The last option, to be avoided if at all possible, is student loans. The U.S. government makes it incredibly easy to take out student loans to pay for school, but these things will haunt you for decades to come. Remember that they are not GIVING you money, they are LOANING it to you. You have to pay it back someday. If a starting assistant professor makes $50,000, it isn’t worthwhile to get the degree and graduate with twice that in loans.
Remember; loans cannot be gotten rid of with bankruptcy and have the potential to ruin your credit, your chance of buying a home, your ability to rent a place and a lot more. Figure out the cost/benefit of taking out loans. What is your starting salary likely to be? Are you stuck working for a university or can you go into private industry for a few years and make a pile of money that can be used to pay the loans off? Is your field notoriously underpaid? Think about these things before accepting the loans or plan on slaving to pay them off for a long, long time to come.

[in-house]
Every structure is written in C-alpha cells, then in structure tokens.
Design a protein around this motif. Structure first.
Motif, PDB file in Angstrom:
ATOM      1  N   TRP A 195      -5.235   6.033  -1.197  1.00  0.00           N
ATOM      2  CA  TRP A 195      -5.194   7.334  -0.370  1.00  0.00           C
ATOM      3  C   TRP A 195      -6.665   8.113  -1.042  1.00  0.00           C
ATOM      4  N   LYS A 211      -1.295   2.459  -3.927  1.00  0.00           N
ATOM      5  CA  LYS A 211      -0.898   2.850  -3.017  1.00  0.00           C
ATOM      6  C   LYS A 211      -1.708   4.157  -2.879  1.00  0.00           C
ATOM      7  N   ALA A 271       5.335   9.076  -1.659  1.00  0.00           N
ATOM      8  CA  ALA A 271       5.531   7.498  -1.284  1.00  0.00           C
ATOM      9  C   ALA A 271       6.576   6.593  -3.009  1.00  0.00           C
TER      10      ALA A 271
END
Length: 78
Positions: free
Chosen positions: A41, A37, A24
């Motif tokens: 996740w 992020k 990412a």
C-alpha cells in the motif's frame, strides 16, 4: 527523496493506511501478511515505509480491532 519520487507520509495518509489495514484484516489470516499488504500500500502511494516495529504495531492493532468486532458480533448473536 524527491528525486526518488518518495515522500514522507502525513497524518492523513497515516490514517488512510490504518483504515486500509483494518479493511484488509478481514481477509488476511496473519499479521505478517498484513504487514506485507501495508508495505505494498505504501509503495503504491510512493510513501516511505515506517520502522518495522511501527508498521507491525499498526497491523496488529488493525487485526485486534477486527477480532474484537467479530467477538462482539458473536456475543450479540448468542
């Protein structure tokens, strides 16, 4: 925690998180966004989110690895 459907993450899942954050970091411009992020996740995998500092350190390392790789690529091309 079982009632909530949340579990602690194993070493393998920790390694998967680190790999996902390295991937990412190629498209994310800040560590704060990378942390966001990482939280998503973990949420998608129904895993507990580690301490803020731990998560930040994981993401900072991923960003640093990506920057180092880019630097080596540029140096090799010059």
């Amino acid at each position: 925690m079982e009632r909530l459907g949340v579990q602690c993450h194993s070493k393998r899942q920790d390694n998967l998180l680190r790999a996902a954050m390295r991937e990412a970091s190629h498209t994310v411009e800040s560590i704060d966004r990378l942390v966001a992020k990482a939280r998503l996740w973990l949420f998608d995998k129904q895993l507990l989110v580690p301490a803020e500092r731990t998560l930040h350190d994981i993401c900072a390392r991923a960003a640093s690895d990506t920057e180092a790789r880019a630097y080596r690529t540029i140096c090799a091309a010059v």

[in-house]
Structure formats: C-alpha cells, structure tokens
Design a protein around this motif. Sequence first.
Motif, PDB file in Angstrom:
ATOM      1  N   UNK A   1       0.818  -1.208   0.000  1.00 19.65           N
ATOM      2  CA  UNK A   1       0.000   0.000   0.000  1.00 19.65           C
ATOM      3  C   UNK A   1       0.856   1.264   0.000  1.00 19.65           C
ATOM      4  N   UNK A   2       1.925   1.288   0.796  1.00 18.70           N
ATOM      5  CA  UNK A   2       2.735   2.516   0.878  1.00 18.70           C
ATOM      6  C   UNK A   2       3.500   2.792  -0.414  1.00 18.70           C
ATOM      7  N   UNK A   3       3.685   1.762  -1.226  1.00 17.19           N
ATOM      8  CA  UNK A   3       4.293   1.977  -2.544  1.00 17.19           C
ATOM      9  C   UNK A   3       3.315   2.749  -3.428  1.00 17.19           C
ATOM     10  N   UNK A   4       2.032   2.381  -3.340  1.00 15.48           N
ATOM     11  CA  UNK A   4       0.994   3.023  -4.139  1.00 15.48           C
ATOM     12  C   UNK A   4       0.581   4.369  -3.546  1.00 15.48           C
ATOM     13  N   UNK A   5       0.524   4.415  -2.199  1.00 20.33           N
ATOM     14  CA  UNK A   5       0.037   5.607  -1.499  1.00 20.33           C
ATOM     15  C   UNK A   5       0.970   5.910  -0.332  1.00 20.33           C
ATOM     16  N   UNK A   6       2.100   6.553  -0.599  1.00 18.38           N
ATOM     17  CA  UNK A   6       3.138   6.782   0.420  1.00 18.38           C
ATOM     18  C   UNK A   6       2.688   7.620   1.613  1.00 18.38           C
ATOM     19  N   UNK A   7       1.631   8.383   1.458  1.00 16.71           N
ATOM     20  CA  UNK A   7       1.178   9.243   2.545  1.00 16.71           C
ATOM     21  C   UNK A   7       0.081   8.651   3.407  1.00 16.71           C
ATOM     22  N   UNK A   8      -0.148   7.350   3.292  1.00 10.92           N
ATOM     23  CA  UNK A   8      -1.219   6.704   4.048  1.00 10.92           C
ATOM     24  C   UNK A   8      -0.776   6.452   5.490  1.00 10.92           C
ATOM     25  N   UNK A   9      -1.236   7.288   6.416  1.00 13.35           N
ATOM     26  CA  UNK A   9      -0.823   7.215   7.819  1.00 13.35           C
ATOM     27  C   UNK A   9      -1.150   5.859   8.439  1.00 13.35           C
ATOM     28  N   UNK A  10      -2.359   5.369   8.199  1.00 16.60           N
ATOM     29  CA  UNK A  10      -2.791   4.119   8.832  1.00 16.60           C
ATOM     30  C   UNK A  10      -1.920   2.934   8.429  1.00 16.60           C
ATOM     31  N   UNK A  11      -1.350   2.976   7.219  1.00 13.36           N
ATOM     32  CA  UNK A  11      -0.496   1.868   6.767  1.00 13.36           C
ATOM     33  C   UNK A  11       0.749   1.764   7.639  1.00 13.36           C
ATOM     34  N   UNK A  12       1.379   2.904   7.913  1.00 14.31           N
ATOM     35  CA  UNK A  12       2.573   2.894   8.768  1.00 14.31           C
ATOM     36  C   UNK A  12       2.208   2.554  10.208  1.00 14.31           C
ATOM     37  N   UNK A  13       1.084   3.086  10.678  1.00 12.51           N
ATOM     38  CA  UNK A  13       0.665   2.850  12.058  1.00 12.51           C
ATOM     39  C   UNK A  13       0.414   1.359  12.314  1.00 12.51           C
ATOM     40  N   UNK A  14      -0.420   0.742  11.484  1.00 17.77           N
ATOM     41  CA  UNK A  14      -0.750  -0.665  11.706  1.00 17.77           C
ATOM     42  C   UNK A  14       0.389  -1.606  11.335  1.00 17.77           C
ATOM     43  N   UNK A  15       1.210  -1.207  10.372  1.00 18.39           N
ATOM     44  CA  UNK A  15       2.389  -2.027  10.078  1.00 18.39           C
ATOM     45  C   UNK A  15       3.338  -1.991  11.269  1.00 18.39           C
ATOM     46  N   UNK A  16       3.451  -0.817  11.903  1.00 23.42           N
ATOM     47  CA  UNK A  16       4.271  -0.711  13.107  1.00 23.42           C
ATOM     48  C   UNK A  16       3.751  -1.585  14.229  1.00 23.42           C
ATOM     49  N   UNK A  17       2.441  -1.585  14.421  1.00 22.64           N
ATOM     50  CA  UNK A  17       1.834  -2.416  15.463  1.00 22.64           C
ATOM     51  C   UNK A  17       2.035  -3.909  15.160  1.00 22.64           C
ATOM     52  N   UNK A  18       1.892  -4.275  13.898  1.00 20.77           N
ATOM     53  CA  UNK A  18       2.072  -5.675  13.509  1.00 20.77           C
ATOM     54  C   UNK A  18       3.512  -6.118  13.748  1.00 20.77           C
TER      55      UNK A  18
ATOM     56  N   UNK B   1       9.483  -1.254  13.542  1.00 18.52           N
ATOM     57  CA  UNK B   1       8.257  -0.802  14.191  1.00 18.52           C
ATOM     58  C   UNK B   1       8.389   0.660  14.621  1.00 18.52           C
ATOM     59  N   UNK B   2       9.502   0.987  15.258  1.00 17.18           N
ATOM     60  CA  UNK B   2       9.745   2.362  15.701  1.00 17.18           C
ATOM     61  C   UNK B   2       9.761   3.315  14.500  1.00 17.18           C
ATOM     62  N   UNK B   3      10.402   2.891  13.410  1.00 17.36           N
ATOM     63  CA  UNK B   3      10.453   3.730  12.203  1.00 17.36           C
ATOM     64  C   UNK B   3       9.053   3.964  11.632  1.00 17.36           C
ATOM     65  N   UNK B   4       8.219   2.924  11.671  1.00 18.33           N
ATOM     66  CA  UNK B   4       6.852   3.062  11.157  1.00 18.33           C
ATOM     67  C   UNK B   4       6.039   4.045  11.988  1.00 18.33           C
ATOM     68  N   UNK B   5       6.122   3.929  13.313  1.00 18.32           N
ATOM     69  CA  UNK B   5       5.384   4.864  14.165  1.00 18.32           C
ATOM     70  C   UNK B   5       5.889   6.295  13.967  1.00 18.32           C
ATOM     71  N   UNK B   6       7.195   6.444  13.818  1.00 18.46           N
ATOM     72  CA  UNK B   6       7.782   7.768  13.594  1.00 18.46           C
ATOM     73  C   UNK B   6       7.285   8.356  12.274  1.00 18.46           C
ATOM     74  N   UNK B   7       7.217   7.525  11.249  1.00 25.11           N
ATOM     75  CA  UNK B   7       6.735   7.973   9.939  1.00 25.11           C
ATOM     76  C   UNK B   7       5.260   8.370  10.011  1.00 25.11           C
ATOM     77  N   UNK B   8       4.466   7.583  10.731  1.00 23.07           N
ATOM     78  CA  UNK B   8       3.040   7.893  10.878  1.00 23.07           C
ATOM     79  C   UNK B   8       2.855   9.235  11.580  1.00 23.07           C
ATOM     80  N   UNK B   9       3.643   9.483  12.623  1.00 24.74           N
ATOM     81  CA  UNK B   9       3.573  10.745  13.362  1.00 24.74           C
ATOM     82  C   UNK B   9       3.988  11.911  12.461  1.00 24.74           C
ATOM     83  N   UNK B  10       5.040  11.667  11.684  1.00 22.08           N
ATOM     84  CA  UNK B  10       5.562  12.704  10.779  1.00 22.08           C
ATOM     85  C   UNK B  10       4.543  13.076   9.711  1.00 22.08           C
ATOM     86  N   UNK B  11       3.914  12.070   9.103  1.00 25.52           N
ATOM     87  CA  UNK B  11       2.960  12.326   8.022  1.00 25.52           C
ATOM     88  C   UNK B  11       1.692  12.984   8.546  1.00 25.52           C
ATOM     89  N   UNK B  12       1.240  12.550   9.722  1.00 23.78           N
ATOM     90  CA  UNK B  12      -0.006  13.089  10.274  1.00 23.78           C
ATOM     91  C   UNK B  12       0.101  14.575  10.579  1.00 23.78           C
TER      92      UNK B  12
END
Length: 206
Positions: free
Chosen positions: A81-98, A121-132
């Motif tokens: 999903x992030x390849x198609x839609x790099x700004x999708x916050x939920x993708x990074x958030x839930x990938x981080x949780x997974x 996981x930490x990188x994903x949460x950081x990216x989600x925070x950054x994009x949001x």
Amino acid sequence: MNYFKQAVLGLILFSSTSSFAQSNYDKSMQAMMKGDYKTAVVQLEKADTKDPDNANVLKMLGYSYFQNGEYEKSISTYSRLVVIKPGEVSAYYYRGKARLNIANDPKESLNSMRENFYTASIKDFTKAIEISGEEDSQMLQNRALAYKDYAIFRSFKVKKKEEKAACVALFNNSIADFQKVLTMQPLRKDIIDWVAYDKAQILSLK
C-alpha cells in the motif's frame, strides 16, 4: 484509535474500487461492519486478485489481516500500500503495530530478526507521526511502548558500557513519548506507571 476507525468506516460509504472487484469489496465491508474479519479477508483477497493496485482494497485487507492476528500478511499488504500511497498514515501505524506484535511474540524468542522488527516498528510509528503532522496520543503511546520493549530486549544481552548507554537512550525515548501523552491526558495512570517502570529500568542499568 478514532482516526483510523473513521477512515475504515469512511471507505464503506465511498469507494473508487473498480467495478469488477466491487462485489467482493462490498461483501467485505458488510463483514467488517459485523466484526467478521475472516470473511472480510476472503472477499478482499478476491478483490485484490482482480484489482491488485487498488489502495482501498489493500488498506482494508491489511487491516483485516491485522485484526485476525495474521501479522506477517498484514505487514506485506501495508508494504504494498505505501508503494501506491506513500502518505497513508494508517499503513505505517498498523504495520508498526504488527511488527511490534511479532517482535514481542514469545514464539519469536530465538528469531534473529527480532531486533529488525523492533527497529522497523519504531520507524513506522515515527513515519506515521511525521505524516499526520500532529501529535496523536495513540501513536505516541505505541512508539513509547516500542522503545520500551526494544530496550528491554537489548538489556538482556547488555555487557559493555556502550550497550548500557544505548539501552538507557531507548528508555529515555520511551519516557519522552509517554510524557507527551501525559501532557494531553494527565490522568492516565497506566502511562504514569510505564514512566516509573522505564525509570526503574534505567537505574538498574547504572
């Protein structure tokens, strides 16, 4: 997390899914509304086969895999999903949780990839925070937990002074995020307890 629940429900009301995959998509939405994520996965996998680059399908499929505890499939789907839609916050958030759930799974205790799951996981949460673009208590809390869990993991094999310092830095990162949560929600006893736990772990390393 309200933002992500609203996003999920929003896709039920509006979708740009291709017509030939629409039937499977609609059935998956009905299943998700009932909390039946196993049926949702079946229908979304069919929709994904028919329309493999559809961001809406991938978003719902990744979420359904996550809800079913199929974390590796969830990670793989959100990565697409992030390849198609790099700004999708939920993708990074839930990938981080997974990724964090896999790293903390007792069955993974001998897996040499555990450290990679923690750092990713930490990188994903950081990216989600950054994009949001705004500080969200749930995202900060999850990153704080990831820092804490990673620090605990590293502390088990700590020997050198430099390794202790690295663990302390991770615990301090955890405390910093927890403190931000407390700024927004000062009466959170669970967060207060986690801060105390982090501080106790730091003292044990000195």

I wish more students would think about issues like this. Even with assistantships and so forth, it is difficult to complete graduate school without acquiring some debt (as life can bring up all sorts of surprises that cost money). Plus, it can be hard to live like a hermit for many years, especially if the school you are going to is in a large city (with the consequent expenses).
But I see a lot of graduate students finish with a surprising amount of debt; even if the degree is very marketable this can be a dangerous way to start life off.